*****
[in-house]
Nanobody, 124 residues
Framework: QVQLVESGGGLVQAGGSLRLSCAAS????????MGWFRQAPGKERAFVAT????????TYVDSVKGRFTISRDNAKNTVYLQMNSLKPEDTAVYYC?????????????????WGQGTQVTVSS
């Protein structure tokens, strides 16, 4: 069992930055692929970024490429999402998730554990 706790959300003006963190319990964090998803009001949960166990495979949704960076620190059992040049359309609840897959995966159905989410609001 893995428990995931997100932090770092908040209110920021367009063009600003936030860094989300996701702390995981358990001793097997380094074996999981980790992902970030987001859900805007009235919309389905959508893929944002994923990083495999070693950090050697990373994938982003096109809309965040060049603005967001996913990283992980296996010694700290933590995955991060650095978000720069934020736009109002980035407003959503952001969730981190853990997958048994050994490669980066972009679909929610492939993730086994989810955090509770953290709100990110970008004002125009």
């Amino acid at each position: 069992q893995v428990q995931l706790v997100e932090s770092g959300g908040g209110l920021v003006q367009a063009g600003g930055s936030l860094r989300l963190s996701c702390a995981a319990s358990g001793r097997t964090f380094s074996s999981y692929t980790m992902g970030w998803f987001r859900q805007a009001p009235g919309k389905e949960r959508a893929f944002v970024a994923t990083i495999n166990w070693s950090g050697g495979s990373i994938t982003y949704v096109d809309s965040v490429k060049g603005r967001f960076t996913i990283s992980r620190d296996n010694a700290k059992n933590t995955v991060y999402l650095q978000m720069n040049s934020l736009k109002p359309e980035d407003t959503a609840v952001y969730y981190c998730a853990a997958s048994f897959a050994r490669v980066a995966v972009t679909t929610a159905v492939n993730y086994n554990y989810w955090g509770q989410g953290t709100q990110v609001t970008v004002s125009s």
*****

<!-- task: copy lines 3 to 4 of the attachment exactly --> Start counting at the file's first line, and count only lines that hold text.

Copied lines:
Framework: QVQLVESGGGLVQAGGSLRLSCAAS????????MGWFRQAPGKERAFVAT????????TYVDSVKGRFTISRDNAKNTVYLQMNSLKPEDTAVYYC?????????????????WGQGTQVTVSS
């Protein structure tokens, strides 16, 4: 069992930055692929970024490429999402998730554990 706790959300003006963190319990964090998803009001949960166990495979949704960076620190059992040049359309609840897959995966159905989410609001 893995428990995931997100932090770092908040209110920021367009063009600003936030860094989300996701702390995981358990001793097997380094074996999981980790992902970030987001859900805007009235919309389905959508893929944002994923990083495999070693950090050697990373994938982003096109809309965040060049603005967001996913990283992980296996010694700290933590995955991060650095978000720069934020736009109002980035407003959503952001969730981190853990997958048994050994490669980066972009679909929610492939993730086994989810955090509770953290709100990110970008004002125009």